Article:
Free lunch was commonplace in the mid 1800s in saloons when you bought a drink. It was an enticement to come into the saloon and buy drinks. The price of food was included in the price of the drinks. The acronym TINSTAAFL coined much later to express that you do not get something for nothing! Even when things appear free, there is always a cost to the individual or society either hidden or not!
As a disclaimer, I used to give free food away at my restaurant. I would give samples of a new menu item to encourage people to try it. If they like it, they will buy the product. Many times, restaurants put items on special to make it more attractive to customers and sell more of that product. There is no secret to this, supermarkets do it too. Specials, sales and coupons are just a few. It is called marketing. It is just one way to promote a product.
You could say that the saloon keepers of long ago were just marketing their products. Their products were alcoholic drinks and the food was a form of marketing to raise their revenue. Whatever you call it, it is included in the cost of the product eventually. This ranges from scams when they ask you to pay for shipping and handling to service fees for either no service or for a formally free service. Thinking about this subject, I started to think about products that are seemingly inexpensive, but you can only get the company product.
EBooks are a great example! You have to buy their reader and you can only get their formatted eBook from them. You pay the same for any eBook, but the reader has a variety of prices. Once they have you, you are tied to them. They should really give the reader away or make it very inexpensive. They would probably have more customers. IPods only uses iTunes. Shouldn’t they either give away their product or make it less expensive. Until there is competition for the same formatted product, the company makes a higher profit margin.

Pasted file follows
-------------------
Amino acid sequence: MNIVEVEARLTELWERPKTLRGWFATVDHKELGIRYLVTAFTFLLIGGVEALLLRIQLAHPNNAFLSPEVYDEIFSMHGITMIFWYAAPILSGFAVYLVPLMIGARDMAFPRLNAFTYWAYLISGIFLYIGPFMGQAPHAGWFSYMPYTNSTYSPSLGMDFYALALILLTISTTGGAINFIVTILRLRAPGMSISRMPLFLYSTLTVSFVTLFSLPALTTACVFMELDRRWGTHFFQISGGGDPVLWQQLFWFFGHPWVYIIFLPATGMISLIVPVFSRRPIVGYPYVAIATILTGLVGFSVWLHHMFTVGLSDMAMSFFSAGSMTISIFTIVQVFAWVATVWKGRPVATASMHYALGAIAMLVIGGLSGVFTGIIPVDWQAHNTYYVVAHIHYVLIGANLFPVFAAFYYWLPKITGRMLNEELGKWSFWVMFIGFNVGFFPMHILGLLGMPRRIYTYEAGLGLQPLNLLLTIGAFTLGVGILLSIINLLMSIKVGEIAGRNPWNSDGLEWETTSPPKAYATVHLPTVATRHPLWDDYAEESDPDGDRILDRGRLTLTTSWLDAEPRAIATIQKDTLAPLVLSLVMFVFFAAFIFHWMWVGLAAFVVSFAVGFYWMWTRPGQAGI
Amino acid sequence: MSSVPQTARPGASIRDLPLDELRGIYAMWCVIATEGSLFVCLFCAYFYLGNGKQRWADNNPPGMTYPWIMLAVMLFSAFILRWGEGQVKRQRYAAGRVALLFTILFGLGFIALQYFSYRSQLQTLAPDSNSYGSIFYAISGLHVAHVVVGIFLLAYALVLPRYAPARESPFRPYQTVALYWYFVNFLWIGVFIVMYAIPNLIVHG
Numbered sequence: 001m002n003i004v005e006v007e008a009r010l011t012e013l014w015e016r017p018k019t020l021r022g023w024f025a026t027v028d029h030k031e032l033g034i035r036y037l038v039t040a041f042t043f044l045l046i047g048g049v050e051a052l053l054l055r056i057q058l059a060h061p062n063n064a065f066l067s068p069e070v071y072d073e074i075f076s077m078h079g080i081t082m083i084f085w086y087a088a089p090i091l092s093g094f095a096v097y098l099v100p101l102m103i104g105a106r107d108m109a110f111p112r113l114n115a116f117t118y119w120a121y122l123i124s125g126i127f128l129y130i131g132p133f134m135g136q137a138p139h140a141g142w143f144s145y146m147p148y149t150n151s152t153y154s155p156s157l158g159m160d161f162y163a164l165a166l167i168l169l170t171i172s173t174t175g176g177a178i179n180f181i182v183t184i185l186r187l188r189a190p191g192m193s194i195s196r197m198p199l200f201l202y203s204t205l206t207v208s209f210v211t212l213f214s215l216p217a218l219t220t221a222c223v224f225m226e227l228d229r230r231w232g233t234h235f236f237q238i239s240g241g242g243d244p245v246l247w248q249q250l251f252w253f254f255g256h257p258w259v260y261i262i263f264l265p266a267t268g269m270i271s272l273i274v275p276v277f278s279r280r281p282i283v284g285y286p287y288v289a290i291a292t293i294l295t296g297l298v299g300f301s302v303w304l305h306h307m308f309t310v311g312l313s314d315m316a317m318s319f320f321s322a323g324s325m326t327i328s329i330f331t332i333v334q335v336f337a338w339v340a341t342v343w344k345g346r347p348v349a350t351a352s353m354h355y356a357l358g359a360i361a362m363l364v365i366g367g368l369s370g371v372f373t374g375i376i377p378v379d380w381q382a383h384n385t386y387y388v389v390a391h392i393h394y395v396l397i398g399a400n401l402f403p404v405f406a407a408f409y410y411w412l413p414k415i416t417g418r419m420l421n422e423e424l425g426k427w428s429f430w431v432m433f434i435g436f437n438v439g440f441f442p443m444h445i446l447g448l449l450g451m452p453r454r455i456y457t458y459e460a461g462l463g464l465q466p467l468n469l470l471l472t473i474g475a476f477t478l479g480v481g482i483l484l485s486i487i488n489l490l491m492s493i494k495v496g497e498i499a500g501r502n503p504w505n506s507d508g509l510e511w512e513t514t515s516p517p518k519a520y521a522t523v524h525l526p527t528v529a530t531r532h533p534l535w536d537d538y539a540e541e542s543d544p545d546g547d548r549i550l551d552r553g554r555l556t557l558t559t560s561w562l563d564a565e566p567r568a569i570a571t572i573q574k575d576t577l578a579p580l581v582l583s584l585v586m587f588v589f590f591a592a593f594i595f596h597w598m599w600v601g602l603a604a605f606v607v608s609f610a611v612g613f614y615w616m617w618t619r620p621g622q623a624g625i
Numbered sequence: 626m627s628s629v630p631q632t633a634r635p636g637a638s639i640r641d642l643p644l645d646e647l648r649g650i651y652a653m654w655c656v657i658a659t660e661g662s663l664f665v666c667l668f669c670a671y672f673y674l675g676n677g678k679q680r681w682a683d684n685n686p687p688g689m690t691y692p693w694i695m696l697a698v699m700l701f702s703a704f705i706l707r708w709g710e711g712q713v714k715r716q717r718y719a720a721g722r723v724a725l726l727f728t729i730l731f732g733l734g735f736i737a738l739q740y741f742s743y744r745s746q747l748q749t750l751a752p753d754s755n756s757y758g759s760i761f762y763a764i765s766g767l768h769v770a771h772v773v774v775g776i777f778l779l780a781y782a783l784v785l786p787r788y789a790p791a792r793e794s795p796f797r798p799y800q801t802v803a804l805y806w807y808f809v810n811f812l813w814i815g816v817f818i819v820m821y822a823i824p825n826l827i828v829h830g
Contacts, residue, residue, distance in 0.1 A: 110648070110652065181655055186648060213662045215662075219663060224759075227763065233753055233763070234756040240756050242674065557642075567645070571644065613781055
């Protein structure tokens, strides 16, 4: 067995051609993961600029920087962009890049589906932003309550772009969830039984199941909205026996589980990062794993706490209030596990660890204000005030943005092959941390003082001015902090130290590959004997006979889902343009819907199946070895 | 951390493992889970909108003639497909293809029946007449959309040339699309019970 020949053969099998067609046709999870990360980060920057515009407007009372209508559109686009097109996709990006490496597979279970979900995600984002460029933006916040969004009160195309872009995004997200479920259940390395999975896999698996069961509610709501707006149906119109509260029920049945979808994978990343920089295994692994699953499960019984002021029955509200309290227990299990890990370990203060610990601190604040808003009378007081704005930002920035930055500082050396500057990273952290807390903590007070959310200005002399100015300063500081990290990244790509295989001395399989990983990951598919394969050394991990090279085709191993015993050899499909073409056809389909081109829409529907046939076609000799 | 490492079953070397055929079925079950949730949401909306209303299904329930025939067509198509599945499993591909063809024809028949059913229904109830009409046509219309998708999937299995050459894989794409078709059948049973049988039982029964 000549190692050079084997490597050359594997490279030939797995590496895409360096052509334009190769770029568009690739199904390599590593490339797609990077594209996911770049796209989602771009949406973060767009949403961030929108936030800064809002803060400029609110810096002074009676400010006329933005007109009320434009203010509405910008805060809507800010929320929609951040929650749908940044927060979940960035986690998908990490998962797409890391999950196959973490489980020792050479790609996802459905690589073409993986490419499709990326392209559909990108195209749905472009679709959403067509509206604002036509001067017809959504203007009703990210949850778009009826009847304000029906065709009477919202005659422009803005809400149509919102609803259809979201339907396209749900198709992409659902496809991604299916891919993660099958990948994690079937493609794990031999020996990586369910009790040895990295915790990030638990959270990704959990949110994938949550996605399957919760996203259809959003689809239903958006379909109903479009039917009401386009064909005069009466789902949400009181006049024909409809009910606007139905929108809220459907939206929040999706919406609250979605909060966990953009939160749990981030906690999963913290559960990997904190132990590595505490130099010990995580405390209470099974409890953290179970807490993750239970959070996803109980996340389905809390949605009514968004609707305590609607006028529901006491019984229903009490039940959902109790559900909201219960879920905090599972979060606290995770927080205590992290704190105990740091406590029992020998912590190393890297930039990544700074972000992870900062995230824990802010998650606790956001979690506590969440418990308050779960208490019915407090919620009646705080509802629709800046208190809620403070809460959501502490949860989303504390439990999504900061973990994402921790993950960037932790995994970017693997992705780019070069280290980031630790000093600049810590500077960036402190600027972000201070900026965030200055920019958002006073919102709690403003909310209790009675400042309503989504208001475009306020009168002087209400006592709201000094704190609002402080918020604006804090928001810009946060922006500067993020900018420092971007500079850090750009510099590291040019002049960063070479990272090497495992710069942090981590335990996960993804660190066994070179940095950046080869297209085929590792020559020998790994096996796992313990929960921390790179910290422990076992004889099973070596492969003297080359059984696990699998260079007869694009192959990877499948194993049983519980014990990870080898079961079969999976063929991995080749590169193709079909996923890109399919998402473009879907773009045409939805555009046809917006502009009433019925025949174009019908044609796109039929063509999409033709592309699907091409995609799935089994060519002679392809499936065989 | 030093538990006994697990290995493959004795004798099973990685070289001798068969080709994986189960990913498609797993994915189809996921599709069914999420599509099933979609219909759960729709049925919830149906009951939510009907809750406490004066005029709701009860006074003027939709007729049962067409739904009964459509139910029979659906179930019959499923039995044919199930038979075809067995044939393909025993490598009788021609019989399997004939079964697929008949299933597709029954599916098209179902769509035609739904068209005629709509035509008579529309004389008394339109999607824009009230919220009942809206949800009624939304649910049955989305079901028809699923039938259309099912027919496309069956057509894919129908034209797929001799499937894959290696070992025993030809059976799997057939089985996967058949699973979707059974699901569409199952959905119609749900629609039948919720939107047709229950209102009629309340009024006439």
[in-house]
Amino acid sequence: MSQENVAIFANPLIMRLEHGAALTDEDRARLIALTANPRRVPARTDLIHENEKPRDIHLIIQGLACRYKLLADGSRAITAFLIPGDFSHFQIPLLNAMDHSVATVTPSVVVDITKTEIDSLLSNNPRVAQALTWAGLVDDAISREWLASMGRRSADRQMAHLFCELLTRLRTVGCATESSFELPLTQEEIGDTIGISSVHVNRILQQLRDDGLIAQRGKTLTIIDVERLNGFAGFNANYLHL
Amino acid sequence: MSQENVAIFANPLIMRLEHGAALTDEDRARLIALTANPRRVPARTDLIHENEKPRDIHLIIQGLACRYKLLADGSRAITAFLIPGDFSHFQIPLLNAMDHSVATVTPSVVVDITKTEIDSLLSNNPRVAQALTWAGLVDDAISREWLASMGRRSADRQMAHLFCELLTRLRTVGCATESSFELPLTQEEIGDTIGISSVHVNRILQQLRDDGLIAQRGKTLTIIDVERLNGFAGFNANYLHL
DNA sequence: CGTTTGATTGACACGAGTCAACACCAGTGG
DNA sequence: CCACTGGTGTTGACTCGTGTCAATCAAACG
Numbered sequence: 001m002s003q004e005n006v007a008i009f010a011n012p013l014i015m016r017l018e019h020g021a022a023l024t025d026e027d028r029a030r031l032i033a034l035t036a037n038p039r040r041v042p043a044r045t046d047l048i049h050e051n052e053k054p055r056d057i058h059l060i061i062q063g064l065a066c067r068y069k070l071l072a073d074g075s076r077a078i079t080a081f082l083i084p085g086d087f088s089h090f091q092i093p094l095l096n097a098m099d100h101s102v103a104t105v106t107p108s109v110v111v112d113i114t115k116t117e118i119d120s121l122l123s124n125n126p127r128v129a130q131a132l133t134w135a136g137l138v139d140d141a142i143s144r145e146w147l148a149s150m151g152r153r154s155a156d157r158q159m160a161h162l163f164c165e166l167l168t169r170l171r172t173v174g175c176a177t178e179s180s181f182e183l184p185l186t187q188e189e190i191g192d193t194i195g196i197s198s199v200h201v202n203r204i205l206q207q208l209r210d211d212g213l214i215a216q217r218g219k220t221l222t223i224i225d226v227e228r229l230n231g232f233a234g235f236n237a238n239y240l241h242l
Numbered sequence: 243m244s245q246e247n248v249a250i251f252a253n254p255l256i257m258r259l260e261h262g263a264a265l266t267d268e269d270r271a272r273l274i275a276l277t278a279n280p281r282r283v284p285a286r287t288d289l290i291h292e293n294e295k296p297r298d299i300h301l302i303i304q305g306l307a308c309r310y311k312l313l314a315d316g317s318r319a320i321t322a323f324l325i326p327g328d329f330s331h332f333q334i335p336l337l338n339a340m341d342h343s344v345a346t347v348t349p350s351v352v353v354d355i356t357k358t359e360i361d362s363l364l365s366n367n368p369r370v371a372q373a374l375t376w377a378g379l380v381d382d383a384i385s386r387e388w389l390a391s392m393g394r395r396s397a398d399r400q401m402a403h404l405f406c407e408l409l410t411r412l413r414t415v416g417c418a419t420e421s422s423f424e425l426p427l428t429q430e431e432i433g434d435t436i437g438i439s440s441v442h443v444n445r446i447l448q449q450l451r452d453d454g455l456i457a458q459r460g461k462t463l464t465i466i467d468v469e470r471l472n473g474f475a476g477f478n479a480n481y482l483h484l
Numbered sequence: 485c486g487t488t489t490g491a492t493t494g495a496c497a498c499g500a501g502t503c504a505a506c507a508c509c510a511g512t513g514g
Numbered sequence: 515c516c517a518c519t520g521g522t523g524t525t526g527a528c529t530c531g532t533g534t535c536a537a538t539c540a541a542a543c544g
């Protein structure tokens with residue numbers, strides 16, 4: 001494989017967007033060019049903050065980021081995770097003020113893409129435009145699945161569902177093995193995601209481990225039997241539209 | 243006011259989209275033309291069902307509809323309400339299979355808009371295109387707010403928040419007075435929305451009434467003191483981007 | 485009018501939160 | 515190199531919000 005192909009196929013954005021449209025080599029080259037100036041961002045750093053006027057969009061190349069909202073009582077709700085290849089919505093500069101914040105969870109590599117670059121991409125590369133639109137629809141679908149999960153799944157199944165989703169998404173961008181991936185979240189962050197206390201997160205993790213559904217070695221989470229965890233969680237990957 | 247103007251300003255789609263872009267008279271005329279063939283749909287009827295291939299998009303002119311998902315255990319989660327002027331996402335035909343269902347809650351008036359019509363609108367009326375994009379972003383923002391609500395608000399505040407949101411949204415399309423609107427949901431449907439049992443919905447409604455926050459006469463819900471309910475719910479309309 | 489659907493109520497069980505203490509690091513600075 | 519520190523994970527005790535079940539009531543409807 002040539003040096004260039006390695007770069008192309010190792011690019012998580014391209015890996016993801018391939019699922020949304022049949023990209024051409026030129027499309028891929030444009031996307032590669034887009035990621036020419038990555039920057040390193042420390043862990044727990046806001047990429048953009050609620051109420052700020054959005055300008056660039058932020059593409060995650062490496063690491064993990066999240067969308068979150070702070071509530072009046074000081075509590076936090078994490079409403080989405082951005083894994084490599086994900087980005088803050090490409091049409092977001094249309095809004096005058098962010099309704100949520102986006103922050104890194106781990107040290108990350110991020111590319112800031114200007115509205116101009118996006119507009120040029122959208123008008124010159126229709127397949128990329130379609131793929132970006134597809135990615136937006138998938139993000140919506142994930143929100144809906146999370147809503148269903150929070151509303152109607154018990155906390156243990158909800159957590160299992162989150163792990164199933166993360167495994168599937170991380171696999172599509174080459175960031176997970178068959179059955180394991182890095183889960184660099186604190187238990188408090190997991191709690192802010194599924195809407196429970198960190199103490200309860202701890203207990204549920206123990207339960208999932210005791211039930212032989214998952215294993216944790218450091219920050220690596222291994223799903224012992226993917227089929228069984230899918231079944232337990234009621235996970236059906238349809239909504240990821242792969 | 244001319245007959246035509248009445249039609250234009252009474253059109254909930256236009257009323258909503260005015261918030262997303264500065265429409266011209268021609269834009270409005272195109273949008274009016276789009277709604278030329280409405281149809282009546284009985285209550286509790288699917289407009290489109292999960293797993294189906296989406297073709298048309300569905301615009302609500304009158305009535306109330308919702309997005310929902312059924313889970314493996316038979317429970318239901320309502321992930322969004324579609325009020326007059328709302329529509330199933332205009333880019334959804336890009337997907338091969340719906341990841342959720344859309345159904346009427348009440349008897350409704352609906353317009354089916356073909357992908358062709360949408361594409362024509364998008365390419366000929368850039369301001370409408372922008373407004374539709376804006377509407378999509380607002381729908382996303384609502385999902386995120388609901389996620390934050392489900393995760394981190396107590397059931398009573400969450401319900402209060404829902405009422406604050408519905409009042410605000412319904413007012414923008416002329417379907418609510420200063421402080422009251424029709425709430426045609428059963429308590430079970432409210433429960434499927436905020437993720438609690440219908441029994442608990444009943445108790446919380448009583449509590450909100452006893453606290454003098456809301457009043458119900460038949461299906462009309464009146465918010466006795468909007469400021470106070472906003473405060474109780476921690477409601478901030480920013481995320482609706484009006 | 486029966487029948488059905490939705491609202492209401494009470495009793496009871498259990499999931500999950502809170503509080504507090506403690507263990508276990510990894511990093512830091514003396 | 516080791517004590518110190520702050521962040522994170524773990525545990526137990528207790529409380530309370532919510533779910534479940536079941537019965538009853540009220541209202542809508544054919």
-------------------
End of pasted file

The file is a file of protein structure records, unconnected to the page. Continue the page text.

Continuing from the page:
What do you think about free gifts with a purchase? I remember Sports Illustrated would give away a gift with a subscription. I just received two new phones from my cell phone provider. I had to sign up for two years service and pay taxes for the “free” phones. So much for free! I pay my bills using online banking. It is free, but is it? Many banks are collecting fees for their accounts. They started online banking to reduce their expenses and I jumped on it for the convenience. I stayed because I am saving a great deal of postage it helps my cash flow.
How do you feel about free WiFi? A free service that generally has nothing to do with the restaurant or the establishment, but it is intended to keep you longer. Keeping you longer at a Starbucks, book store or restaurant may mean you will buy more. I think it is good marketing, but I do not like it that many people are just taking up tables for that additional drink or cookie. Is it worth it?
Next time you get something for free, you should think about the reason it was free. Was the free item part of marketing, promotion or advertising program? Maybe, it is just a way to hook you into a contract or buy a more expensive item? I am not suggesting that you should be skeptical of everyone’s kindness, but people do not do things for nothing. What do you think? A free lunch is never free!
Photo by: Wayda Dreamscape
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